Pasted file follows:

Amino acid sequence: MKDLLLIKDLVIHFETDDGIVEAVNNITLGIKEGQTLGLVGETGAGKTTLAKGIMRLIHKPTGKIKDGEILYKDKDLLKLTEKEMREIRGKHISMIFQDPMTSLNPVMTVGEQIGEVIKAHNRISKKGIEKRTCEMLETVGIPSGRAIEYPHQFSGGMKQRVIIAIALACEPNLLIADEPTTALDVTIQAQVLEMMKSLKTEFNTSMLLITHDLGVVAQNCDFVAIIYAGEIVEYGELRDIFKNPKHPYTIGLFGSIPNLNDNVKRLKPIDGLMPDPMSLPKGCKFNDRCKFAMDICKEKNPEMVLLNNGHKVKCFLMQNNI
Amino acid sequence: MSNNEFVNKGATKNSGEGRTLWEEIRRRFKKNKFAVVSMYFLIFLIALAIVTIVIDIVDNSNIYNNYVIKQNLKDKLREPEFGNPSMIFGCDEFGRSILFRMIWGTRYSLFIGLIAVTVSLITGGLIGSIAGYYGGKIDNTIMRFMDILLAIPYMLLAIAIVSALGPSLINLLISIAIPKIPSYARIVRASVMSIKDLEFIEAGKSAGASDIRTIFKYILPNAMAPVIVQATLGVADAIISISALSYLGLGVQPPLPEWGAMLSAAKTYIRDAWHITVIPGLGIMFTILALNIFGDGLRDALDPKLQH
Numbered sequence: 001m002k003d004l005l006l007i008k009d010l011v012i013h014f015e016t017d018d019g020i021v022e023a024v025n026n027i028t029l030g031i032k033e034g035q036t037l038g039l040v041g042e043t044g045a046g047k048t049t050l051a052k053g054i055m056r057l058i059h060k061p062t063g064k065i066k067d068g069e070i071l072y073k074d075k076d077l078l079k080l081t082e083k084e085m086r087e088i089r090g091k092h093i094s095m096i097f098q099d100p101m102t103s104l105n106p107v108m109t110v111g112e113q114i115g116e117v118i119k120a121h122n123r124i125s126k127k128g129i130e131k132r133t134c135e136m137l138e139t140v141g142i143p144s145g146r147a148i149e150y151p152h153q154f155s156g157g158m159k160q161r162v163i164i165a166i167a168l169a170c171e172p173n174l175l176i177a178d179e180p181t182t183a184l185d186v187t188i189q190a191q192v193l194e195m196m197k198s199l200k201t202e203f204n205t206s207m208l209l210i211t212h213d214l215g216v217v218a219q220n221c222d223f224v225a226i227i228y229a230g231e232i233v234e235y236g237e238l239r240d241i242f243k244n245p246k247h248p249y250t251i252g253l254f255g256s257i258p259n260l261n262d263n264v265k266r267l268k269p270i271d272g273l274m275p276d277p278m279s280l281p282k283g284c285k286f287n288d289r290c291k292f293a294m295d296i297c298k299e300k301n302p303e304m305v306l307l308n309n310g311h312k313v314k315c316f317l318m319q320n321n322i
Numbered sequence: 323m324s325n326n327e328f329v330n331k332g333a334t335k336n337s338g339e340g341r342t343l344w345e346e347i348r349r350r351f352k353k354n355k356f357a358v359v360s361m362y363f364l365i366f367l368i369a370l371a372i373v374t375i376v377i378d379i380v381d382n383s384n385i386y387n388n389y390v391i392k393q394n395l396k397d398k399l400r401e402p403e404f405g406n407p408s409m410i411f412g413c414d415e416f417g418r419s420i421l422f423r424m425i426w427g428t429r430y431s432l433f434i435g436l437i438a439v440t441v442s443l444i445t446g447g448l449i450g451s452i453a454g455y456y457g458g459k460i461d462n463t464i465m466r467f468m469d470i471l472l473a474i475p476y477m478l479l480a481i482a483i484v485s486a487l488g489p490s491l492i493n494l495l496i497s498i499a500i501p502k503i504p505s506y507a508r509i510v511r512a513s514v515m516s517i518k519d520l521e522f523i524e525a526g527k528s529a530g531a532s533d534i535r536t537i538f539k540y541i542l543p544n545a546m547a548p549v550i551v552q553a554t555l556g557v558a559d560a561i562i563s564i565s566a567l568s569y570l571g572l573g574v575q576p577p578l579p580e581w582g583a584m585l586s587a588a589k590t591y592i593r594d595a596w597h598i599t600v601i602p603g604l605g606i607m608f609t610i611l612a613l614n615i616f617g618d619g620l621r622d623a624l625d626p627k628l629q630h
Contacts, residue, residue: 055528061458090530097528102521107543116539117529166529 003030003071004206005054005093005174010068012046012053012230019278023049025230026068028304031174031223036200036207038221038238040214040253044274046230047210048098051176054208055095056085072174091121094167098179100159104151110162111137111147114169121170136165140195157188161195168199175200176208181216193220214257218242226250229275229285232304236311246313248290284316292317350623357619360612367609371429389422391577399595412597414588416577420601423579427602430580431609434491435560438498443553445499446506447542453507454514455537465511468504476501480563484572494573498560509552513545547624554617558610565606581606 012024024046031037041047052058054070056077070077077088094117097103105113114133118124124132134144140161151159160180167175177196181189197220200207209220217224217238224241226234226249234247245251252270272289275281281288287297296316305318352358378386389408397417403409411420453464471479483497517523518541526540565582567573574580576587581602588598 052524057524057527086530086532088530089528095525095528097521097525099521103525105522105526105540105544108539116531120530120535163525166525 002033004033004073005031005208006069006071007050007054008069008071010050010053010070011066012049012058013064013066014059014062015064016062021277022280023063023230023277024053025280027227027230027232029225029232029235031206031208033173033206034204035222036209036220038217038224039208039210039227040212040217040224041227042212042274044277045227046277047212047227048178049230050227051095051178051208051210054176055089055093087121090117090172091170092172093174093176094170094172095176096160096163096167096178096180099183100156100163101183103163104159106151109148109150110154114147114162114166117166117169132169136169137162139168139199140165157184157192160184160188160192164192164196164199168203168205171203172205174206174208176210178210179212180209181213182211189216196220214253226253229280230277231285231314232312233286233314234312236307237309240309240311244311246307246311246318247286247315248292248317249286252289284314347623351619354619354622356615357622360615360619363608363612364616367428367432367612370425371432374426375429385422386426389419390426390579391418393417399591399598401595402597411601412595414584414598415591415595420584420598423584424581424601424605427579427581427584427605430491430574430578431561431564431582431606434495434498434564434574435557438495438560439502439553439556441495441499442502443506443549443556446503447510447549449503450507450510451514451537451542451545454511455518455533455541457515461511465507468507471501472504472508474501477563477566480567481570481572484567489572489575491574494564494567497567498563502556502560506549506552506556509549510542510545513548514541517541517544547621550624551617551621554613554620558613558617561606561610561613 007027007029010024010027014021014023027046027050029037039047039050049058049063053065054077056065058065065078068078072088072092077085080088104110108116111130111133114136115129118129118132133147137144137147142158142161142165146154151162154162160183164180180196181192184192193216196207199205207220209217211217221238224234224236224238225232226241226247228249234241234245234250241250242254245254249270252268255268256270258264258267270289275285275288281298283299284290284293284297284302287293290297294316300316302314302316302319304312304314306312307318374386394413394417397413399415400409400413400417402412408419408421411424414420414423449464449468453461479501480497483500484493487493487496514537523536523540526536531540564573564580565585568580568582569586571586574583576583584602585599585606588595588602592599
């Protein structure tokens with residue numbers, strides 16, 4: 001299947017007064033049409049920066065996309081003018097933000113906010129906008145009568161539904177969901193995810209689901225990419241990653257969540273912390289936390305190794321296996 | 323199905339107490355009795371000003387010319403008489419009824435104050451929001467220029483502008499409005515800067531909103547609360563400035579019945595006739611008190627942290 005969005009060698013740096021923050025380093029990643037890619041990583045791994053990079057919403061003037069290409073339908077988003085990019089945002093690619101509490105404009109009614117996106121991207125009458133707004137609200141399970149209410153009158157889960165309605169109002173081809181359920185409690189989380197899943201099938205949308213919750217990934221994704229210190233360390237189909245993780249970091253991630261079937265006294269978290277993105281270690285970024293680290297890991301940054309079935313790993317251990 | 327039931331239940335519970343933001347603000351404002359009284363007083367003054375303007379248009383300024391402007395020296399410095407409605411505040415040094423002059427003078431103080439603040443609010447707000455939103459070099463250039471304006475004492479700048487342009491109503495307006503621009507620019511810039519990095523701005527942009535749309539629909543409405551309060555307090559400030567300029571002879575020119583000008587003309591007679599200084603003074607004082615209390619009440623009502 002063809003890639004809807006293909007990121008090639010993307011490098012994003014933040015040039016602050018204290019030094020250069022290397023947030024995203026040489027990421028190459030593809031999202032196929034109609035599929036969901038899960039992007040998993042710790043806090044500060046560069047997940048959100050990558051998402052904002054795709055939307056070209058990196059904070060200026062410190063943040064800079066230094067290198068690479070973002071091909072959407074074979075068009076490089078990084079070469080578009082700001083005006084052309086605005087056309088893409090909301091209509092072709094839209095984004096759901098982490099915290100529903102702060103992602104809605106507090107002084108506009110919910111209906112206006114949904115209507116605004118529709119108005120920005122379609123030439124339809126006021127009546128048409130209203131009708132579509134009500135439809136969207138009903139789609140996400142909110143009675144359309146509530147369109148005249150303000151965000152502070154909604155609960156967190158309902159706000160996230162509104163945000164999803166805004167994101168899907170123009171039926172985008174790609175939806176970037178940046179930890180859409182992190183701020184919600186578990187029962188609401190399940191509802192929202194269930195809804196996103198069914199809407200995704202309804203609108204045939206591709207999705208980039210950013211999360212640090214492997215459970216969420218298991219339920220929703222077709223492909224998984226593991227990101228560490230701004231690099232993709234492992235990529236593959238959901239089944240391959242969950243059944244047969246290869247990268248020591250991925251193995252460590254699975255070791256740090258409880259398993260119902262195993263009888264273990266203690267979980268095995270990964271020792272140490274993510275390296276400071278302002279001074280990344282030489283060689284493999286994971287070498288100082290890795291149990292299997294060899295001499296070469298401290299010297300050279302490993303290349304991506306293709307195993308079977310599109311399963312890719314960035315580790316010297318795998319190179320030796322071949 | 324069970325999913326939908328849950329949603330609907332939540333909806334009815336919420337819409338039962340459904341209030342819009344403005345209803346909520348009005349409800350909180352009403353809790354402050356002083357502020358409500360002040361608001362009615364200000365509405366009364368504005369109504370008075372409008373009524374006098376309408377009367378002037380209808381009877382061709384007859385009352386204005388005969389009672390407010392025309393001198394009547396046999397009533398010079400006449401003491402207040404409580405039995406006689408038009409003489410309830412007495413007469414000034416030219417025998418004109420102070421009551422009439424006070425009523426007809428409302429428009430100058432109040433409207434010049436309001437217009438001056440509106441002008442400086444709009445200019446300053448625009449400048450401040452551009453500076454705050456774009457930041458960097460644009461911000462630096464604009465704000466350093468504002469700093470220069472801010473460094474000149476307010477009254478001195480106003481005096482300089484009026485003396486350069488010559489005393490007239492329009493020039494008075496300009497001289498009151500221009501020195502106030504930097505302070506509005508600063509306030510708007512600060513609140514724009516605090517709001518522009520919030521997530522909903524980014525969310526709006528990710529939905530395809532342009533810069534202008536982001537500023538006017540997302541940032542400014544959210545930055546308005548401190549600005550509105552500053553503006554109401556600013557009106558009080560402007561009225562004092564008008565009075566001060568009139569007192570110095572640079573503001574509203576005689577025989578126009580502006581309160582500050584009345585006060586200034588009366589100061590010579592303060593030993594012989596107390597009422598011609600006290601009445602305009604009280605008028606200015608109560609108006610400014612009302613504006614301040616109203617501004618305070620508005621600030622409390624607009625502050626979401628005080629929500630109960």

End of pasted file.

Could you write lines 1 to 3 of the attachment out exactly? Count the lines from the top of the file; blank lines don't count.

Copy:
Amino acid sequence: MKDLLLIKDLVIHFETDDGIVEAVNNITLGIKEGQTLGLVGETGAGKTTLAKGIMRLIHKPTGKIKDGEILYKDKDLLKLTEKEMREIRGKHISMIFQDPMTSLNPVMTVGEQIGEVIKAHNRISKKGIEKRTCEMLETVGIPSGRAIEYPHQFSGGMKQRVIIAIALACEPNLLIADEPTTALDVTIQAQVLEMMKSLKTEFNTSMLLITHDLGVVAQNCDFVAIIYAGEIVEYGELRDIFKNPKHPYTIGLFGSIPNLNDNVKRLKPIDGLMPDPMSLPKGCKFNDRCKFAMDICKEKNPEMVLLNNGHKVKCFLMQNNI
Amino acid sequence: MSNNEFVNKGATKNSGEGRTLWEEIRRRFKKNKFAVVSMYFLIFLIALAIVTIVIDIVDNSNIYNNYVIKQNLKDKLREPEFGNPSMIFGCDEFGRSILFRMIWGTRYSLFIGLIAVTVSLITGGLIGSIAGYYGGKIDNTIMRFMDILLAIPYMLLAIAIVSALGPSLINLLISIAIPKIPSYARIVRASVMSIKDLEFIEAGKSAGASDIRTIFKYILPNAMAPVIVQATLGVADAIISISALSYLGLGVQPPLPEWGAMLSAAKTYIRDAWHITVIPGLGIMFTILALNIFGDGLRDALDPKLQH
Numbered sequence: 001m002k003d004l005l006l007i008k009d010l011v012i013h014f015e016t017d018d019g020i021v022e023a024v025n026n027i028t029l030g031i032k033e034g035q036t037l038g039l040v041g042e043t044g045a046g047k048t049t050l051a052k053g054i055m056r057l058i059h060k061p062t063g064k065i066k067d068g069e070i071l072y073k074d075k076d077l078l079k080l081t082e083k084e085m086r087e088i089r090g091k092h093i094s095m096i097f098q099d100p101m102t103s104l105n106p107v108m109t110v111g112e113q114i115g116e117v118i119k120a121h122n123r124i125s126k127k128g129i130e131k132r133t134c135e136m137l138e139t140v141g142i143p144s145g146r147a148i149e150y151p152h153q154f155s156g157g158m159k160q161r162v163i164i165a166i167a168l169a170c171e172p173n174l175l176i177a178d179e180p181t182t183a184l185d186v187t188i189q190a191q192v193l194e195m196m197k198s199l200k201t202e203f204n205t206s207m208l209l210i211t212h213d214l215g216v217v218a219q220n221c222d223f224v225a226i227i228y229a230g231e232i233v234e235y236g237e238l239r240d241i242f243k244n245p246k247h248p249y250t251i252g253l254f255g256s257i258p259n260l261n262d263n264v265k266r267l268k269p270i271d272g273l274m275p276d277p278m279s280l281p282k283g284c285k286f287n288d289r290c291k292f293a294m295d296i297c298k299e300k301n302p303e304m305v306l307l308n309n310g311h312k313v314k315c316f317l318m319q320n321n322i